Research the State’s Ecosystem Ahead of Time

Suppose you want to learn more about the reasoning behind some of the policies you’ll be subjected to. In that case, you can also research a state’s ecosystem and how it can be affected when introduced to plants of specific species. Moreover, you can learn a bit more about its current pest infestation issues, which often explain most of the laws and regulations you might find odd at first.

Before moving on to the following section, I feel it’s important to mention that even if you can take a houseplant along with you to a new location, it doesn’t always mean you should. The laws and restrictions are in place to protect the local flora and fauna; however, they’re not meant to dictate a specie’s chance of survival in a new environment.

Therefore, if you’re moving somewhere with a distinctly different climate to your origin state, I can’t urge you enough to do your research before bringing a plant along. All plants will be affected by a long moving process (outdoor varieties even more so than their indoor counterparts). However, after settling in, all greenery should return to its vibrant, thriving self.

Going through all the trouble of taking a plant along a cross-state move just to have it die is inefficient at best, which is why you’ll want to be sure there’s no risk of this happening. 

To get a better understanding of how a species will fare in a specific climate, you can check this plant hardiness zone map.

U.S. Hardiness Zones (stylized map)

Which Houseplants Can’t Be Transported Between States

As mentioned, as long as a plant has been potted in the right type of soil and has passed the necessary inspections, there’s usually no reason it shouldn’t be allowed to cross state borders. However, there are still some exceptions to this rule. 

In the following paragraphs, I’ll be mentioning some of the species that are usually not allowed to cross state borders. However, at the risk of sounding repetitive, I want to reiterate that restrictions can still vary from one jurisdiction to another, so make sure to check the previously mentioned sources to confirm whether your specific houseplants can make the move or not.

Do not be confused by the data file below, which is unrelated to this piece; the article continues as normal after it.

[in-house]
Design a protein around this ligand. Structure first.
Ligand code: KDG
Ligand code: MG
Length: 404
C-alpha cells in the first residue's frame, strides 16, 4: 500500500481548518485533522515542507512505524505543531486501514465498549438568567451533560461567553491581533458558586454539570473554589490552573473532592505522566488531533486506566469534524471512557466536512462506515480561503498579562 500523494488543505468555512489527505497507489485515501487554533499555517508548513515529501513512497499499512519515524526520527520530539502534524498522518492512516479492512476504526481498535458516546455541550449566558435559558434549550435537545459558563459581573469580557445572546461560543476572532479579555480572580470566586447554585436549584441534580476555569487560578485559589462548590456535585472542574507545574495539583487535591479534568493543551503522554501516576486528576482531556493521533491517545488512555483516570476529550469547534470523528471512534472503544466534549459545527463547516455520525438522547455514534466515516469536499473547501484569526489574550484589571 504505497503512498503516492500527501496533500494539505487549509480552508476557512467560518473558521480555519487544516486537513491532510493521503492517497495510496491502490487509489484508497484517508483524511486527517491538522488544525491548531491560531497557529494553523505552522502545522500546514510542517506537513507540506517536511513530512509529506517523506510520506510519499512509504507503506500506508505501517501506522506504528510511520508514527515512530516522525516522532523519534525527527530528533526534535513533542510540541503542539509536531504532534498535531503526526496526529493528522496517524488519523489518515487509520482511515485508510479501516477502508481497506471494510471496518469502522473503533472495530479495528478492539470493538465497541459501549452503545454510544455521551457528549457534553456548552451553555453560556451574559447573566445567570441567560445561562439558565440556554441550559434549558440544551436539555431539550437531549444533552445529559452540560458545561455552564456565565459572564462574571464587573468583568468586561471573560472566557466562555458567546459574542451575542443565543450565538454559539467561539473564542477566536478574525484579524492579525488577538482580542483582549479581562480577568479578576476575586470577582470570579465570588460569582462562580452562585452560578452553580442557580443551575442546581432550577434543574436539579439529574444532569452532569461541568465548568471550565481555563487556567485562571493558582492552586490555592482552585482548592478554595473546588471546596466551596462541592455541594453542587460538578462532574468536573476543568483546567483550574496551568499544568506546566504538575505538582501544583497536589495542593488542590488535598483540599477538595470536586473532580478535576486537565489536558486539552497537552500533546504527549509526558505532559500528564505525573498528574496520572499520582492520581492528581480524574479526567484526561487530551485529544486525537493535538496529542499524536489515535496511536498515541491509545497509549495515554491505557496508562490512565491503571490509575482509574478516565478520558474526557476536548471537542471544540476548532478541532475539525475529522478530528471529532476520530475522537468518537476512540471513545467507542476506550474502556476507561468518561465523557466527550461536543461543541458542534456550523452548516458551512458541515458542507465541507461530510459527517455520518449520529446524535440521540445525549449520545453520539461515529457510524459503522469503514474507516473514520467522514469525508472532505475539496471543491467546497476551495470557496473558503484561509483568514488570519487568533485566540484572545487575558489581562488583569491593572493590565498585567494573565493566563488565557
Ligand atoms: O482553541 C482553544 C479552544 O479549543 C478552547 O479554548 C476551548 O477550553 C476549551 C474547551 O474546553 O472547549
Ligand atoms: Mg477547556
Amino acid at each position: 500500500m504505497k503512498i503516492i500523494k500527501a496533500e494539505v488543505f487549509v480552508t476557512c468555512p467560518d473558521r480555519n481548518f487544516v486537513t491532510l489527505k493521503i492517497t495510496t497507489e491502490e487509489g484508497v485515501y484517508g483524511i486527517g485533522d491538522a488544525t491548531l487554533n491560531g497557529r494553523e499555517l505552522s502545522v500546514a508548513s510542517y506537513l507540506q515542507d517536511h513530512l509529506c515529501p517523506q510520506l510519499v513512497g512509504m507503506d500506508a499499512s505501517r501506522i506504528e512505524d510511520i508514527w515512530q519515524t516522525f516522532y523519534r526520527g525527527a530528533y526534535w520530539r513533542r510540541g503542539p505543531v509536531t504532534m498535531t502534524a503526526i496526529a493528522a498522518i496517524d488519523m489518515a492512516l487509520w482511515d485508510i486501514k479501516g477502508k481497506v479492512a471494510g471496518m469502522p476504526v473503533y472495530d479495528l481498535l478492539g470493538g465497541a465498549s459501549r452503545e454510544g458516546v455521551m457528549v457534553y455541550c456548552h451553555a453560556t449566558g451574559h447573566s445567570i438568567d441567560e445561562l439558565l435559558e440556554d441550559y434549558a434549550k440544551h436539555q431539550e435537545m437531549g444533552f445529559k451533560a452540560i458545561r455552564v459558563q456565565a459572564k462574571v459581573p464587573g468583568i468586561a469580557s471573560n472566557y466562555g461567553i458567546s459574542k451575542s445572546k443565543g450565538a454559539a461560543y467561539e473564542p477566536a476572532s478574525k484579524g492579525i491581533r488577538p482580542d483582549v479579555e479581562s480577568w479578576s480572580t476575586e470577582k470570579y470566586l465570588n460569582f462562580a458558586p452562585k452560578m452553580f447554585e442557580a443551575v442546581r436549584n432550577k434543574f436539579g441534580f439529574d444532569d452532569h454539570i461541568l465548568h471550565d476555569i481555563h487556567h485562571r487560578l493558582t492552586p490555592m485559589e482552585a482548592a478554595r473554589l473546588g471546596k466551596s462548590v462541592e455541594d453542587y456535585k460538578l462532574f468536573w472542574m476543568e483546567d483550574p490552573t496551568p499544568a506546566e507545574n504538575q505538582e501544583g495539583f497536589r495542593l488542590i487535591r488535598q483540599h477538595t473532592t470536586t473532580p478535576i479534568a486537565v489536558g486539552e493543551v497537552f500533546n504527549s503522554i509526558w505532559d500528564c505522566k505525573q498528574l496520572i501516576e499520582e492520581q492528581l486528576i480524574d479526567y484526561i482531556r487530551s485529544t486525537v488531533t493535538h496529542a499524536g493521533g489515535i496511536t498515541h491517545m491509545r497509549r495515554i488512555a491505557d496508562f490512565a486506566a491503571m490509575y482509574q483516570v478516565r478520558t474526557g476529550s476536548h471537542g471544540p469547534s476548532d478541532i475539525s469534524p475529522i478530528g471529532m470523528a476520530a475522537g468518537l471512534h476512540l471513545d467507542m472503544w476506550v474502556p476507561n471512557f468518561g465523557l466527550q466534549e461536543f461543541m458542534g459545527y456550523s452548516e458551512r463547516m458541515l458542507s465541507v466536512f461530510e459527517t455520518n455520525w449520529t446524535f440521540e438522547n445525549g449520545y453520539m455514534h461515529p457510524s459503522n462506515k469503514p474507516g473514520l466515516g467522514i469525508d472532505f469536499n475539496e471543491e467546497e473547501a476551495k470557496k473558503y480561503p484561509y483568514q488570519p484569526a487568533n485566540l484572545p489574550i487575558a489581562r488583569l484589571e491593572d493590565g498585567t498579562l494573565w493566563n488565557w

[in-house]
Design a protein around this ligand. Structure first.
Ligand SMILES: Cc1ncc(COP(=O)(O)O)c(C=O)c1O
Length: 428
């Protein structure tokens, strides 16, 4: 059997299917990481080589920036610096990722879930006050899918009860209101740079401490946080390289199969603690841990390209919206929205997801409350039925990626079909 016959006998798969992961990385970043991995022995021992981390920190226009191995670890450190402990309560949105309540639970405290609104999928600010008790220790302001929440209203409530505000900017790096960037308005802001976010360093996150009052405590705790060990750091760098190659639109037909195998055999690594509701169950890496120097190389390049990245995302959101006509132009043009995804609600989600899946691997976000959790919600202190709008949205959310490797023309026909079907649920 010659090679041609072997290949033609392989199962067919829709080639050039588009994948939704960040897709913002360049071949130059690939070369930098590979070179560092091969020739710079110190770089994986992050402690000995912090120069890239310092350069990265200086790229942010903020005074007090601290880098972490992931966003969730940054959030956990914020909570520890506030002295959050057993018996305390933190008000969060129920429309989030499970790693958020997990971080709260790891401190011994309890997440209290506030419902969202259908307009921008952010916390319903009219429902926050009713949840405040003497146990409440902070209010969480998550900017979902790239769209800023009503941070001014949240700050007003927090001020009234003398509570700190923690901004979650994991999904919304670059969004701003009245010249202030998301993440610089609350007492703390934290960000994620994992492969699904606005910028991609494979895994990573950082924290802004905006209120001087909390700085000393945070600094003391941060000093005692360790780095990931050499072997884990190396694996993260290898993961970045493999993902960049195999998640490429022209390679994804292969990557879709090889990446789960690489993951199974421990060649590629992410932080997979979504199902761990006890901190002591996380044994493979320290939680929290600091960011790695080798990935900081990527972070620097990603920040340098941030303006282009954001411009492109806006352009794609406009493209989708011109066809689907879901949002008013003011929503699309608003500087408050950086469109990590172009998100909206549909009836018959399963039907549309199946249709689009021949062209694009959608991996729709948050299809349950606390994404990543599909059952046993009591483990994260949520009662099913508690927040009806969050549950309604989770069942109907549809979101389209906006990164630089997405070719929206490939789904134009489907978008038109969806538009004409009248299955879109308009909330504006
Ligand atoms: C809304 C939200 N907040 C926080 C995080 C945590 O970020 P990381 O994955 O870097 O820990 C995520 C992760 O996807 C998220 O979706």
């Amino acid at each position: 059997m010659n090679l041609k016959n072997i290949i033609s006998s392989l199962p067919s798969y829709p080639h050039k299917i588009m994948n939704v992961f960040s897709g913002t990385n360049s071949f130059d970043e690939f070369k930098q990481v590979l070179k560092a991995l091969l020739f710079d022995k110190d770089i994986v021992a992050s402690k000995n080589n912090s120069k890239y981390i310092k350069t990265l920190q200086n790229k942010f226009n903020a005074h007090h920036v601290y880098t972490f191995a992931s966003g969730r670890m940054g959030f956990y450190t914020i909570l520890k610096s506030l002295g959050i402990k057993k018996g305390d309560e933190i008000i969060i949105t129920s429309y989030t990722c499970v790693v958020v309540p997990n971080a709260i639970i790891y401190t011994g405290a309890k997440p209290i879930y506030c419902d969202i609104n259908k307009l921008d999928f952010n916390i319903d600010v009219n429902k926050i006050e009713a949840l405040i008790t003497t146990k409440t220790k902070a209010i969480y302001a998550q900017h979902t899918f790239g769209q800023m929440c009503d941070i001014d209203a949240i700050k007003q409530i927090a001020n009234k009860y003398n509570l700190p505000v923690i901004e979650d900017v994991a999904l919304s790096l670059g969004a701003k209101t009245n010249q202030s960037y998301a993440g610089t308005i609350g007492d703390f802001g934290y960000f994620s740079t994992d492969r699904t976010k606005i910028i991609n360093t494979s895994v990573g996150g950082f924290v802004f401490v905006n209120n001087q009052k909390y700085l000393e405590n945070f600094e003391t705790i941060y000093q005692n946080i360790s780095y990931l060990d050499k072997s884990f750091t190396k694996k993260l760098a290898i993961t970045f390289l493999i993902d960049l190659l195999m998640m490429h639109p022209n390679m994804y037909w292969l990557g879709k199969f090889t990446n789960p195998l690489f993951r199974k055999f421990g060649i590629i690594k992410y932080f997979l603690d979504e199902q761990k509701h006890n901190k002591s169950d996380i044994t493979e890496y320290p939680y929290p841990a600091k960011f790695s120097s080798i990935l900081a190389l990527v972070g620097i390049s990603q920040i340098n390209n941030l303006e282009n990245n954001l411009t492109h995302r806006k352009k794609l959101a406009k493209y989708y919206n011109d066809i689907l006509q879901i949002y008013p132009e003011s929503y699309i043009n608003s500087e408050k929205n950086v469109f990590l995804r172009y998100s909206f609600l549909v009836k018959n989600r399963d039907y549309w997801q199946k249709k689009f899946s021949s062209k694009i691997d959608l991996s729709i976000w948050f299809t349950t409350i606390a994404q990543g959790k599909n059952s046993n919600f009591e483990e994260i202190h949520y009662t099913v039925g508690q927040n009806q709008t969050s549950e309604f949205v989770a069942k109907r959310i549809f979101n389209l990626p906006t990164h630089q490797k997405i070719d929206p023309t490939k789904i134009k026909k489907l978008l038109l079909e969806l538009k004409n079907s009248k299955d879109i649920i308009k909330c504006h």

• Citrus trees. According to the USDA, moving citrus trees is the fastest way to spread citrus-related diseases. For this reason, in many instances, you’re not even allowed to take your citrus tree with you when moving within the same city, let alone across state borders. The same goes for the plants’ seeds, cuttings, and fruits.
  • Palm trees. States like Hawaii prohibit the transport of palm trees, as they carry a high risk of disease outbreaks and soil contamination. The same goes for pineapples and passion fruits. In fact, you’ll notice that similar restrictions are placed upon most exotic fruits for a similar reason.

If you’re growing any of the previously mentioned species, you can either leave them behind or give them to a loved one currently living in the same location as you (again, if possible).

How To Safely Transport Houseplants Between States

Here are some tips on how to safely transport houseplants between states:

  • Always check for pests and diseases before packing.
  • Water your plant a few days before moving (roots should stay damp all throughout shipment).
  • Secure a plastic bag around the pot to contain the soil.
  • If using a box, make a few openings on its surface to allow air circulation.
  • If using a box, label it as “Fragile” to avoid any rough handling.
  • Use packing peanuts or paper to fill the empty space between the plant and the box.
  • Use a plastic stem holder to preserve structural integrity.
  • If traveling for extended periods, make sure to schedule enough sunlight intake.
  • Use only plastic containers, as they’re lightweight and don’t risk breaking halfway through the way.


Most houseplants can be transported between states, especially if they’re exclusively grown indoors. However, some outdoor varieties might be subject to state or federal laws that don’t allow them to pass state borders. Therefore, you’ll want to check USDA instructions beforehand to make sure your greenery can come along with you.

Related article: 8 Things To Do With Indoor Plants When on Vacation

Alexander Picot

Alexander Picot is the principal creator of, a website dedicated to gardening tips. Inspired by his mother’s love of gardening, Alex has a passion for taking care of plants and turning backyards into feel-good places and loves to share his experience with the rest of the world.

Recent Posts